Whether simply adding whole mushrooms to your diet can lead to health benefits is a different question. Let’s review the evidence for some of the most common mushroom-related claims. 

Are Mushrooms Good for Heart Health?

Mushrooms are a good source of potassium, a nutrient that has been shown to reduce blood pressure as well as the risk of stroke, coronary heart disease, and myocardial infarction. The combination of potassium and magnesium, while limiting sodium intake, can produce an even greater reduction in blood pressure. But a prospective study in which thousands of participants submitted dietary questionnaires over a period of years found no difference in the frequency of cardiovascular events between participants who ate more than 5 servings of mushrooms per week versus those who ate less than one serving per week.

Perhaps, self-report of mushroom consumption is not the best approach to this question. The participants of this survey did not specify what type of mushroom they ate and as you already know, there is wide variation between species of mushrooms. Are there types of mushrooms that are particularly good at preventing heart disease? A systematic literature review found that consumption of oyster mushrooms may be beneficial to heart health by lowering blood pressure and improving glucose and lipid metabolism.

Another line of research focuses on the role of polyphenols found in mushrooms, but also fruits and vegetables as well as drinks like tea, coffee, cocoa, and certain traditional herbal medicines. Dietary polyphenols have been found to reduce atherosclerotic heart disease and the risk of stroke by dampening inflammation in the lining of blood vessels.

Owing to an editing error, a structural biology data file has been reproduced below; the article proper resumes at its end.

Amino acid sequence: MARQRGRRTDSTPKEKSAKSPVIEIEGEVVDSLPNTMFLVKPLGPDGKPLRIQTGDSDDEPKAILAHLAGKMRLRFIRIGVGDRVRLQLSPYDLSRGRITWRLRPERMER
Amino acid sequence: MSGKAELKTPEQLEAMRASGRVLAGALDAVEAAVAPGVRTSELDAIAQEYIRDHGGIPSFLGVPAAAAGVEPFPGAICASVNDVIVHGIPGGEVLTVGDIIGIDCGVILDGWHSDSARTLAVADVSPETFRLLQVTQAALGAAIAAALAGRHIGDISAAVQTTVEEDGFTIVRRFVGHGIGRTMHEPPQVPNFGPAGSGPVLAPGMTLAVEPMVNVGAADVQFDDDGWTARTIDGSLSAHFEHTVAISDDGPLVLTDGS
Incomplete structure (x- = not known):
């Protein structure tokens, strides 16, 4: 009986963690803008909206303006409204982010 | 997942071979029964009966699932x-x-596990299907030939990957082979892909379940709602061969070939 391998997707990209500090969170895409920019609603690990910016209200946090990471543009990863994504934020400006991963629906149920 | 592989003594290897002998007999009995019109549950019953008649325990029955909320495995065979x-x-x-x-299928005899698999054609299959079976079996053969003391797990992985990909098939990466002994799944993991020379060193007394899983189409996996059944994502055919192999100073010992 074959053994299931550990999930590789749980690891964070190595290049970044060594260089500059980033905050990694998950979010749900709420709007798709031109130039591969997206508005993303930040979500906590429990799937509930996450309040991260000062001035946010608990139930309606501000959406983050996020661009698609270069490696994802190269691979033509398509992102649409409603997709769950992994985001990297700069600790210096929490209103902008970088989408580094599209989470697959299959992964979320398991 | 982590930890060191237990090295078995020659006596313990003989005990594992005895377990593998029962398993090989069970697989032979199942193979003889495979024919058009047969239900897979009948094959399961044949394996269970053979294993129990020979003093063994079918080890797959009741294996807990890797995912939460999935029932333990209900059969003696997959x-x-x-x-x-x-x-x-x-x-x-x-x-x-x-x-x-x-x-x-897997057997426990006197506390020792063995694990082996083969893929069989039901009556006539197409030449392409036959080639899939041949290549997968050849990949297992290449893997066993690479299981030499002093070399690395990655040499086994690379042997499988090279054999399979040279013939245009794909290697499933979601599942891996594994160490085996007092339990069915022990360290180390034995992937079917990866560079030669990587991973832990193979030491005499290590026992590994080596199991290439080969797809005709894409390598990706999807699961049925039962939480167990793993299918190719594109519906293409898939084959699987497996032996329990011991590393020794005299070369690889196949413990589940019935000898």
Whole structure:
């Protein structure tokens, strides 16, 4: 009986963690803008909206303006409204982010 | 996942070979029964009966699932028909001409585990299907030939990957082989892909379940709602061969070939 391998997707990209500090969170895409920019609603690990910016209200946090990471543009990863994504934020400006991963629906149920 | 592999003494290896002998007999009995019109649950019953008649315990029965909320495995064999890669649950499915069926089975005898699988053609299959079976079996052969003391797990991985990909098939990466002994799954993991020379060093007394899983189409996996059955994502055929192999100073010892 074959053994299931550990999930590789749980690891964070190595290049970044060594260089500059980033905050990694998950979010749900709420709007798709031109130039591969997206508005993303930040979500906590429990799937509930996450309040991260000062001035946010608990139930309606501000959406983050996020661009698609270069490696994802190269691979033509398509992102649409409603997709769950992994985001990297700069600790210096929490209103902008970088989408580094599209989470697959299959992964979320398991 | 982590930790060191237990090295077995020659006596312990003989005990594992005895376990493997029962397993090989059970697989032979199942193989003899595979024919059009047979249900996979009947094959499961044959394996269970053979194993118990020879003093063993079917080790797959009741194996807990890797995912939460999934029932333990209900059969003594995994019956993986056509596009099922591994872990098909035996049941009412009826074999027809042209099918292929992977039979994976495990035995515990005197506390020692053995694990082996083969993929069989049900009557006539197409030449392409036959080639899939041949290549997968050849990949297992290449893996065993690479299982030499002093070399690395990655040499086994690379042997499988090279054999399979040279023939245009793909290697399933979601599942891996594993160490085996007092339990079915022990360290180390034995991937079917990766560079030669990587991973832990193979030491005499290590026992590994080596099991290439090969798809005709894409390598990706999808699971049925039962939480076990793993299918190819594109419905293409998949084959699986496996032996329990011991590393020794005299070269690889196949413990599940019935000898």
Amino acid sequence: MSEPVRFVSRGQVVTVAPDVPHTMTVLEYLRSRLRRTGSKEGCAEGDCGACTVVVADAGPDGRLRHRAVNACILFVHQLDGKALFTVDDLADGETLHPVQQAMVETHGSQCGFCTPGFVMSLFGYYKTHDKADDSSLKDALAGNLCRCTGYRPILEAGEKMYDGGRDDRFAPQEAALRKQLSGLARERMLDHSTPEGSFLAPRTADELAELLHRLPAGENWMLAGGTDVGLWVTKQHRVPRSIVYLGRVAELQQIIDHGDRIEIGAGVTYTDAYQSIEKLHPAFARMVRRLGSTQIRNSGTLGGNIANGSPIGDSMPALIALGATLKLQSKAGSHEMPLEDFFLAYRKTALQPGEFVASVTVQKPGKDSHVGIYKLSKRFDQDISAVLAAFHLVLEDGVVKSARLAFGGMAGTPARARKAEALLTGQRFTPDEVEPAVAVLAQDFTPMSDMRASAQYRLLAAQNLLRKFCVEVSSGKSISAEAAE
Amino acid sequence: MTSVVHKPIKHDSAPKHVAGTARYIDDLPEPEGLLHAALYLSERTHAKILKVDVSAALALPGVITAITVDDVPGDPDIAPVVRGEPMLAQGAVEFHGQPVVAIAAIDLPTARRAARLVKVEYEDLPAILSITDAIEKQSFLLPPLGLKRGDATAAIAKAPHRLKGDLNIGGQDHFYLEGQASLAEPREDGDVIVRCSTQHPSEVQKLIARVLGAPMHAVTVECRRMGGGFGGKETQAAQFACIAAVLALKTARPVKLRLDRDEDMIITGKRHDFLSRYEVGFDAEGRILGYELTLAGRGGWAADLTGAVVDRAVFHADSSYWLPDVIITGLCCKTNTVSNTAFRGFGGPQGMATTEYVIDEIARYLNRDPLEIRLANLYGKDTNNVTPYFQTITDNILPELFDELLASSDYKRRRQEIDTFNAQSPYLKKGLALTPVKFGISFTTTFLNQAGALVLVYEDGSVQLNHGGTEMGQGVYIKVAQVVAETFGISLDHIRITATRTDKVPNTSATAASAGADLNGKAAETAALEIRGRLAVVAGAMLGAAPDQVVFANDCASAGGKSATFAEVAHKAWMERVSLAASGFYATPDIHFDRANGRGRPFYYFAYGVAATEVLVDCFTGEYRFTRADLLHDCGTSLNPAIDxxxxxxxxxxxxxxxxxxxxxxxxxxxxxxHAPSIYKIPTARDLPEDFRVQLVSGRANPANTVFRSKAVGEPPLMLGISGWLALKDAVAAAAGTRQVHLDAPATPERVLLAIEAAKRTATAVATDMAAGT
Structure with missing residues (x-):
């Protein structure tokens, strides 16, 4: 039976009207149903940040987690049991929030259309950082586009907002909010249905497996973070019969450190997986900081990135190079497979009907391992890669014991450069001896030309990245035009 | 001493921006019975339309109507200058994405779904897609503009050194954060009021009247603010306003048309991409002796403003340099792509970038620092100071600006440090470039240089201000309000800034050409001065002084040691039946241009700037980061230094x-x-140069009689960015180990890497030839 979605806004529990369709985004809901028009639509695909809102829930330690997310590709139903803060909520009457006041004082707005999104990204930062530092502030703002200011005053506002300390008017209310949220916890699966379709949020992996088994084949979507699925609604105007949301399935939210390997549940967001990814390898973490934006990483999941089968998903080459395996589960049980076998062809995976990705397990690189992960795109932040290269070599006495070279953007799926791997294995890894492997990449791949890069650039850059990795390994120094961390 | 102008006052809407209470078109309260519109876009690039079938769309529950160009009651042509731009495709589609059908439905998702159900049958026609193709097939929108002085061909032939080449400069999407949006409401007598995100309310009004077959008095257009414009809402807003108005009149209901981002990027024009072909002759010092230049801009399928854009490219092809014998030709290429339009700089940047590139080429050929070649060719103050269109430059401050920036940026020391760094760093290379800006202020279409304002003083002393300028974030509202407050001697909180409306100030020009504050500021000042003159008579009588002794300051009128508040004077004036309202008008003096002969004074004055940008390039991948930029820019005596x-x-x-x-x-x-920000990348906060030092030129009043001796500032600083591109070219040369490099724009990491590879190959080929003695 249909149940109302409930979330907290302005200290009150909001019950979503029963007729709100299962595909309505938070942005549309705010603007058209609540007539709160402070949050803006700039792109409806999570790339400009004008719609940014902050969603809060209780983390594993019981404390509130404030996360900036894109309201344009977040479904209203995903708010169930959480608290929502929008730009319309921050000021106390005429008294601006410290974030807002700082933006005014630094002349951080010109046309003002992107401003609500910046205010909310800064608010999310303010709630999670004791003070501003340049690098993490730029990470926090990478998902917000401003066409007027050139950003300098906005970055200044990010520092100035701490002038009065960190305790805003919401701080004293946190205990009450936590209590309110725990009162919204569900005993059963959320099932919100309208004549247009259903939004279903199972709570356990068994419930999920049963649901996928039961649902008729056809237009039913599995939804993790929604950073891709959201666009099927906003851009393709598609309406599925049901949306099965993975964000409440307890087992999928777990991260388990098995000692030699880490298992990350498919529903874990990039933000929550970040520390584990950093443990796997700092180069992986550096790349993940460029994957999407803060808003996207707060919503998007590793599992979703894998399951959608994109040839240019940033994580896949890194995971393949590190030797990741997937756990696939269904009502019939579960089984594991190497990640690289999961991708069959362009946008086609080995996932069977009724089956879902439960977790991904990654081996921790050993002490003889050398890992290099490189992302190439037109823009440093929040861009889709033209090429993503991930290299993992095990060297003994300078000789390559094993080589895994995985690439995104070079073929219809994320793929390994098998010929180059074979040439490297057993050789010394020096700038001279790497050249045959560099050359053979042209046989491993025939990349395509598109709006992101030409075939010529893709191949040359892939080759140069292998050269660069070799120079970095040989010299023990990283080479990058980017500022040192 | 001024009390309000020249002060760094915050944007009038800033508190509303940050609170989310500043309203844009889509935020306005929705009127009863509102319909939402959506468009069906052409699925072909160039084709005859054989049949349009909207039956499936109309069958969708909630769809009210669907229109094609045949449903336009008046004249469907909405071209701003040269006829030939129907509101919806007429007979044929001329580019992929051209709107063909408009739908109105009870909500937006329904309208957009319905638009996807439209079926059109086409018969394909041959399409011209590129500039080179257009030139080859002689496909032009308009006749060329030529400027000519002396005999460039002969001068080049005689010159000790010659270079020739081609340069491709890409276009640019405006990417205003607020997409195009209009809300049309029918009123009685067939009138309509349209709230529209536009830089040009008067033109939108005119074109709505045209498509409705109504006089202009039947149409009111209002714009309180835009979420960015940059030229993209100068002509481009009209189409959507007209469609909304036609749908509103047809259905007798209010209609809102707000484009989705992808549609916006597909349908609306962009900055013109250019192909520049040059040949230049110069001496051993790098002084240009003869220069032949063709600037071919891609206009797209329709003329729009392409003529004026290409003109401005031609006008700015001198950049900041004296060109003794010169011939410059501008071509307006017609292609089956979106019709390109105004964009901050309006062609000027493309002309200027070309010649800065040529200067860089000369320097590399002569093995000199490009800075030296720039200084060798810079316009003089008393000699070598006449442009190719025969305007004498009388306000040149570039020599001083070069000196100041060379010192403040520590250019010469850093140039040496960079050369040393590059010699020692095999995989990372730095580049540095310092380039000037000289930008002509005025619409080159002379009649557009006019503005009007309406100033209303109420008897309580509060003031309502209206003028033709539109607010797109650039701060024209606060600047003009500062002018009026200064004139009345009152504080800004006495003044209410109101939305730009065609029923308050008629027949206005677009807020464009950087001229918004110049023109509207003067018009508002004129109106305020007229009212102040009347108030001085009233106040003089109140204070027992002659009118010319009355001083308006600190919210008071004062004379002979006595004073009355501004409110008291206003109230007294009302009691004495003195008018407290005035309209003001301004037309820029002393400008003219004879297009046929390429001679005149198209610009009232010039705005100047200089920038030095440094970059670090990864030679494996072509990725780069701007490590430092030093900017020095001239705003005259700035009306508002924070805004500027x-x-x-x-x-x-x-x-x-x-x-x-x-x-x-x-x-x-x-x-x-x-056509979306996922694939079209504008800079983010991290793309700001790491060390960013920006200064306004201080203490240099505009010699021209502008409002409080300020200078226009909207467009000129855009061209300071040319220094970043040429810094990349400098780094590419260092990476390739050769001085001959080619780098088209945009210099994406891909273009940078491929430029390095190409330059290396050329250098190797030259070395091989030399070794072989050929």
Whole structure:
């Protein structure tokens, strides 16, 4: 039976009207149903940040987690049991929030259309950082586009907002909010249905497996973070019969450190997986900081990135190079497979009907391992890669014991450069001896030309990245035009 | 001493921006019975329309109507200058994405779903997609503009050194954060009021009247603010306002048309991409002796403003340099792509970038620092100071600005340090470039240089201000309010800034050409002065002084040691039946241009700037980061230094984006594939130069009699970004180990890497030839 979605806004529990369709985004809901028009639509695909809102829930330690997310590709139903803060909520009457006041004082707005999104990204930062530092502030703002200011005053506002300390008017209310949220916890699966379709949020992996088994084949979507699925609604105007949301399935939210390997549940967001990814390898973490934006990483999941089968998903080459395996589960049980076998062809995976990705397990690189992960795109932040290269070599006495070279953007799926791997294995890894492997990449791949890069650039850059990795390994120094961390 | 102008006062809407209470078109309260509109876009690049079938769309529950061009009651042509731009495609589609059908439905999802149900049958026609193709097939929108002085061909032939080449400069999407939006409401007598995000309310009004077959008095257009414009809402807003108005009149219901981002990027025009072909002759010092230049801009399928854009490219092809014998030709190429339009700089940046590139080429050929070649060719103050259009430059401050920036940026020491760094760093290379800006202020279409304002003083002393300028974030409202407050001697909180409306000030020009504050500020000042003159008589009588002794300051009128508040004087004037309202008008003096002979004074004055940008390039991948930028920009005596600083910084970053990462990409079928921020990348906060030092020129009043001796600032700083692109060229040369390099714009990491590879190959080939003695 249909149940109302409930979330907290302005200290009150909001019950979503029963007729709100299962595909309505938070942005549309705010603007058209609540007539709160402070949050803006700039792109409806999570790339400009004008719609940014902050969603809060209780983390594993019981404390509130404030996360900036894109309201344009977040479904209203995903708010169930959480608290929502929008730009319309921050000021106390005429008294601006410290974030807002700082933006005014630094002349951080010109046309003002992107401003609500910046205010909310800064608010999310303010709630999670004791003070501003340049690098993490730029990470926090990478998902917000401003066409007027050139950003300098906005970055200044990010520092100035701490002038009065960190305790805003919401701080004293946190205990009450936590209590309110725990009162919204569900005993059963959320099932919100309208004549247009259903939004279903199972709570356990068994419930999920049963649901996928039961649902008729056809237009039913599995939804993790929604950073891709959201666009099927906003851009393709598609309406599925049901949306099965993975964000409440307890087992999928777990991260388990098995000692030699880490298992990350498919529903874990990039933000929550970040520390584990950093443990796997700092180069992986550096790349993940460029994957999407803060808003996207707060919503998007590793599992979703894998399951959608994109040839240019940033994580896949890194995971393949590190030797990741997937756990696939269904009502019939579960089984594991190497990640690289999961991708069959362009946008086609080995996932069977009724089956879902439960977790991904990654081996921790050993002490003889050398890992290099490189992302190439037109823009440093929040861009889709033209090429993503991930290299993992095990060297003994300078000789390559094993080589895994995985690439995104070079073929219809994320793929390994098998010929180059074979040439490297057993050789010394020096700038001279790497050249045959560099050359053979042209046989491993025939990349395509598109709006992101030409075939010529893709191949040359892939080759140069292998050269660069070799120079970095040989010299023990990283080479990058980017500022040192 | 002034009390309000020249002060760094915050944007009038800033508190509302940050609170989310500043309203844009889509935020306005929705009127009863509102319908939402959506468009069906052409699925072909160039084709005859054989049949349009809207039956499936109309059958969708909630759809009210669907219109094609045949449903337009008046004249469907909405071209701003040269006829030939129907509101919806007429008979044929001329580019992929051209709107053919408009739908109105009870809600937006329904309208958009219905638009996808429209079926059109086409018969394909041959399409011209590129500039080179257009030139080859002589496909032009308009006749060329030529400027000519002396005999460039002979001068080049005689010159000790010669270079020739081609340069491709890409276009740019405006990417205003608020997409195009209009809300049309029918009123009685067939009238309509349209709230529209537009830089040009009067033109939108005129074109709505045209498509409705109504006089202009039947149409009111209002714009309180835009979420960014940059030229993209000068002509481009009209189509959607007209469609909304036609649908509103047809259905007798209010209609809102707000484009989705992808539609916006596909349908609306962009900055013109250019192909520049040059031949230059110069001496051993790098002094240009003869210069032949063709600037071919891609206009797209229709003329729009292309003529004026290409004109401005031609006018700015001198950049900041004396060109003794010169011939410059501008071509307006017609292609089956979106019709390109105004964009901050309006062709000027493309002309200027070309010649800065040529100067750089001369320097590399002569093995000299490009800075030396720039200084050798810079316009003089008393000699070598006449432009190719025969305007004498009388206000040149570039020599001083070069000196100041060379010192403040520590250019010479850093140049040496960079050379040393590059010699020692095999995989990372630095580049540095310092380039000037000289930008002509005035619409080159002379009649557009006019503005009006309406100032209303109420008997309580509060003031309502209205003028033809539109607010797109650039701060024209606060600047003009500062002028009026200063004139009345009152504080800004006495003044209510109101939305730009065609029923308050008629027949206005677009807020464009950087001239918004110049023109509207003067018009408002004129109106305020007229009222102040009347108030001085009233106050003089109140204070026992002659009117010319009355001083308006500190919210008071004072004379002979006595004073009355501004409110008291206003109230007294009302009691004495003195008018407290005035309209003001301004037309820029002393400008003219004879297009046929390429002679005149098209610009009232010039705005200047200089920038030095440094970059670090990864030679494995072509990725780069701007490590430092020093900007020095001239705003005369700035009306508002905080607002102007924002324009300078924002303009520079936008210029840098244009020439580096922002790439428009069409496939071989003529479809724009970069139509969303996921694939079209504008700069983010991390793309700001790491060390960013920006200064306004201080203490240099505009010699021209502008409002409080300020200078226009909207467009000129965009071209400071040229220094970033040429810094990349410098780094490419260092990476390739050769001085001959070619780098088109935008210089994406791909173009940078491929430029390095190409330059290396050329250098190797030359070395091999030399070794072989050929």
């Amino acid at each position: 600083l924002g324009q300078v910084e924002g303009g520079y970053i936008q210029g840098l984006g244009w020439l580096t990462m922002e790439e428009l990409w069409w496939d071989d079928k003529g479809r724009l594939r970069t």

For the moment, the most we can say is that certain species of mushrooms have a beneficial effect on heart health though the effect size may not be strong enough to be captured in studies that look at dramatic events, such as the number of heart attacks over a limited period of time, as their measured outcome. More high-quality studies on human subjects are needed to resolve the issue.


Are Mushrooms Good for Your Brain?

Preserving optimal brain health has become a leading goal of a complete approach to wellness. When it comes to brain health, and the prevention of Alzheimer’s disease, the mushroom that has stimulated the most excitement is lion’s mane (Hericium Erinaceus).

Polysaccharide molecules obtained from lion’s mane, such as Beta-glucan, have been shown to protect nerve cells from the attack of amyloid plaques which cause Alzheimer’s in vitro. Several early studies on human participants have shown improvement in cognitive scores after ingestion of a lion’s mane extract over a period of weeks. A double-blind randomized study of 50 to 80-year-old men and women with mild cognitive impairment showed that taking lion’s mane extract by mouth resulted in significant improvements in cognitive performance as measured by a standardized test. No adverse effects were noted in any of the participants.

Lion’s mane also contains neurotrophic factors such as Nerve Growth Factor, which stimulates growth and regeneration of brain cells and peripheral nerve cells.

Can Mushrooms Help You Live Longer?

A meta-analysis of five studies involving more than 600,000 individuals concluded that mushroom consumption resulted in a reduced risk for all-cause mortality

Mushrooms are the only dietary source of a potent antioxidant and anti-inflammatory amino acid by the name of L-ergothioneine (ERGO for short). The amount of ERGO in the typical American diet is much lower than that of several European countries. This may explain why countries with high consumption of ERGO, such as France, Ireland, and Italy, have a higher life expectancy than the United States, prompting some scientists to dub ERGO a “longevity vitamin”.

Mushrooms can reduce blood glucose and cholesterol.

Mushrooms reduce blood glucose and cholesterol in diabetic patients. The Beta-glucan in fungi cell walls reduce post-meal sugar and insulin spikes and may be useful in the prevention and treatment of  metabolic syndrome. Metabolic syndrome is diagnosed when three of the following five markers fall in  suboptimal ranges: waist measurement, fasting glucose, HDL cholesterol, triglycerides, and blood pressure. When you have metabolic syndrome, you have a higher risk of developing chronic diseases, like diabetes, heart disease, fatty liver disease, and stroke.